In a confined area with no obstacles, often the only thing blocking line of sight and preventing movement are other people. In a small enough place this can be a real limiting factor. However, we can also put obstacles into the area to further block line of sight in certain situations and extend the movement needed to reach someone. Sometimes these kinds of constraints can be exactly what we need to change things up. The extra distance can also work wonders for creating different kinds of situations. We want to keep multiple paths so that meaningful decisions involving movement still need to be made. With small enough rooms, we can link multiple ones together to make a less uniform area.Not all obstacles will prevent both line of sight and movement. It could be one or the other.

Bends in the Road

The reason I thought of this topic was because of a situation I ran into during one of my sessions. The session involved some plane and time hopping. Naturally, the players had found themselves in trenches in a roughly WW1 situation where I had used a tile set to build a trench system. One particular combat encounter happened around the bend in the trench. Different characters were lying in wait for people to try to peek around while others party members were peeking around and trying to attract attention. One tried to use the flooring to build some impromptu cover. It's a different kind of encounter but it's one worth considering. It's also something that can be kept in mind when creating an encounter close to a bend in a dungeon. You may accidentally run into this situation. In this case, the confined space itself provides ways to break line of sight. Doorways can result in similar situations as can other choke points.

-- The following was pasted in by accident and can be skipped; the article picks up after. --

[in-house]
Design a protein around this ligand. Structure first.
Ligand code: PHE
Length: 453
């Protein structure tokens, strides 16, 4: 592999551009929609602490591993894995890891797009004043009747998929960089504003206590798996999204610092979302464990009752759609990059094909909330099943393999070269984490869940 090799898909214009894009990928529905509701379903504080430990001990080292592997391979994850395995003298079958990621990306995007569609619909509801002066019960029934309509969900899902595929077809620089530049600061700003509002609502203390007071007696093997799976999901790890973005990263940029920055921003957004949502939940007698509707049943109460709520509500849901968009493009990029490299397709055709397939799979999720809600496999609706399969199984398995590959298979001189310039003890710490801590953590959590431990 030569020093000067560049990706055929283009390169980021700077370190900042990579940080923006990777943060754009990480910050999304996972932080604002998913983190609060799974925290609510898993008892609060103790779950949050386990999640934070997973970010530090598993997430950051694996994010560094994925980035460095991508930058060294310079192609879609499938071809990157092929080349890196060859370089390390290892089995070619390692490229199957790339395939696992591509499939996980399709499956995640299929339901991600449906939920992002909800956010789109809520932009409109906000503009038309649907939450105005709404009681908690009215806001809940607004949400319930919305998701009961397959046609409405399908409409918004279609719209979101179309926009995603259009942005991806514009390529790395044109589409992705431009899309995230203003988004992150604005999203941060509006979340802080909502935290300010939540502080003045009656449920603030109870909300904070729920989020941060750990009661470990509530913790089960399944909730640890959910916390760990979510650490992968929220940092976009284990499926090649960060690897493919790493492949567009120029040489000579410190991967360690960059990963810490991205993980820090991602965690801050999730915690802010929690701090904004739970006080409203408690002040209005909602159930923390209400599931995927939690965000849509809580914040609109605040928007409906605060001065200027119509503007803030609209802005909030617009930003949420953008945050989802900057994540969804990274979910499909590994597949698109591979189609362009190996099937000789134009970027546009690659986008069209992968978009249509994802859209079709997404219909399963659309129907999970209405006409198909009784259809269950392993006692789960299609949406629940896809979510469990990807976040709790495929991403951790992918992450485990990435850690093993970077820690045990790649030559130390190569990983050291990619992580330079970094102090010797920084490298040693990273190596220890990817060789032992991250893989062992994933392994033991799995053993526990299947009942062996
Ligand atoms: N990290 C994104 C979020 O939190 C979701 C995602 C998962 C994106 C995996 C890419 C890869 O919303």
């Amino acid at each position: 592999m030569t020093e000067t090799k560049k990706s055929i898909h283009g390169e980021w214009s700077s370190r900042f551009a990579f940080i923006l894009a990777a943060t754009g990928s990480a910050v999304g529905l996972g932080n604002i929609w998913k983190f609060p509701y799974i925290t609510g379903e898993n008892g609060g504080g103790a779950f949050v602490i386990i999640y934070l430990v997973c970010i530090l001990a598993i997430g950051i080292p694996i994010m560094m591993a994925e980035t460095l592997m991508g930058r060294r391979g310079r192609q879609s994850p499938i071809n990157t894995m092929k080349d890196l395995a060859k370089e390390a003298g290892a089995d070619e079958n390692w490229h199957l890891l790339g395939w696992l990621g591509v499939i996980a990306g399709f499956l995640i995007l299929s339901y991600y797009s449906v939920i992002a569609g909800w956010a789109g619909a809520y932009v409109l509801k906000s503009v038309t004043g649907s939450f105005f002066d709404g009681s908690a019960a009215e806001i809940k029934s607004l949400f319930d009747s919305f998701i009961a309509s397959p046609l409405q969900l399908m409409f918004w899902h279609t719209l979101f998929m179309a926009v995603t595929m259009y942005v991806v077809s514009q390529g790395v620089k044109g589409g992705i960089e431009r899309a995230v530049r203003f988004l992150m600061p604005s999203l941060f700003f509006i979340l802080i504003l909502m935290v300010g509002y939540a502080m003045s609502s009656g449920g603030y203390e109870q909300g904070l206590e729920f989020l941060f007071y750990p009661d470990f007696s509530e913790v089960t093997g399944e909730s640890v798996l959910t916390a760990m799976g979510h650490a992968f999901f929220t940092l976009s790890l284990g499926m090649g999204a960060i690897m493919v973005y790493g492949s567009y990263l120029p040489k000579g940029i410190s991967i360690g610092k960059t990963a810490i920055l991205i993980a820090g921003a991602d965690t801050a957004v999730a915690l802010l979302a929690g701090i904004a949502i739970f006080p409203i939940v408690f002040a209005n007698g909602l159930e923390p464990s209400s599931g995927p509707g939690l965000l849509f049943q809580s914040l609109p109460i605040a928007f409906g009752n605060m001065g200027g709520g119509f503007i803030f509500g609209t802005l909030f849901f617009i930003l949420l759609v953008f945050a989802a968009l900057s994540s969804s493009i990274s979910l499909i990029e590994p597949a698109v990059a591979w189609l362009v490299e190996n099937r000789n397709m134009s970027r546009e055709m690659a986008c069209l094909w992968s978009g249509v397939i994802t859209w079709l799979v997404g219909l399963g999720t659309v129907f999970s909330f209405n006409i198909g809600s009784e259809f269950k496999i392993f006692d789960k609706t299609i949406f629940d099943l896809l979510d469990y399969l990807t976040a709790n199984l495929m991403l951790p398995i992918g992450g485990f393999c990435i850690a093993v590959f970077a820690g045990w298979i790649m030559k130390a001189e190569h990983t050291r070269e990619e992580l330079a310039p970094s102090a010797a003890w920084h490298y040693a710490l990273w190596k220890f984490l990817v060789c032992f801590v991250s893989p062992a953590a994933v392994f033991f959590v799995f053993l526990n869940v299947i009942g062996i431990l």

Temporary Area Denial

Confined areas can be full of many things. Some of these things are flammable and can prevent certain areas from being used. I say this because in my last session, a barrel caught in a fireball ended up exploding and blocked off access to part of the room. Traps are another common method to temporarily block access to part of a room. This is especially true for some traps that need to be reset since once they are set off, they may be no-longer a hazard. If there was a span of time since players were there, rain could have made rather large muddles or have made certain parts of the dungeon slippery. When possible though, don't forget to apply them to your own NPCs unless they have some kind of immunity. There is nothing wrong with a fire-immune demon walking through a wall of flames or a ghost walking straight through a trap. However, your regular bandit shouldn't be able to without consequences.

Random Events

Even in confined spaces, some interesting events can occur to break things up. A third group could join the fight, the statue in the centre of the room could be attacking the party and their enemy indiscriminately, shells could be exploding (in the case of the trench example above) or a host of other situations. From my experience the ones that work best will somehow chance the area. Either areas will be further restricted, new temporary ways of breaking line of sight appear, or obstacles previously there are taken away.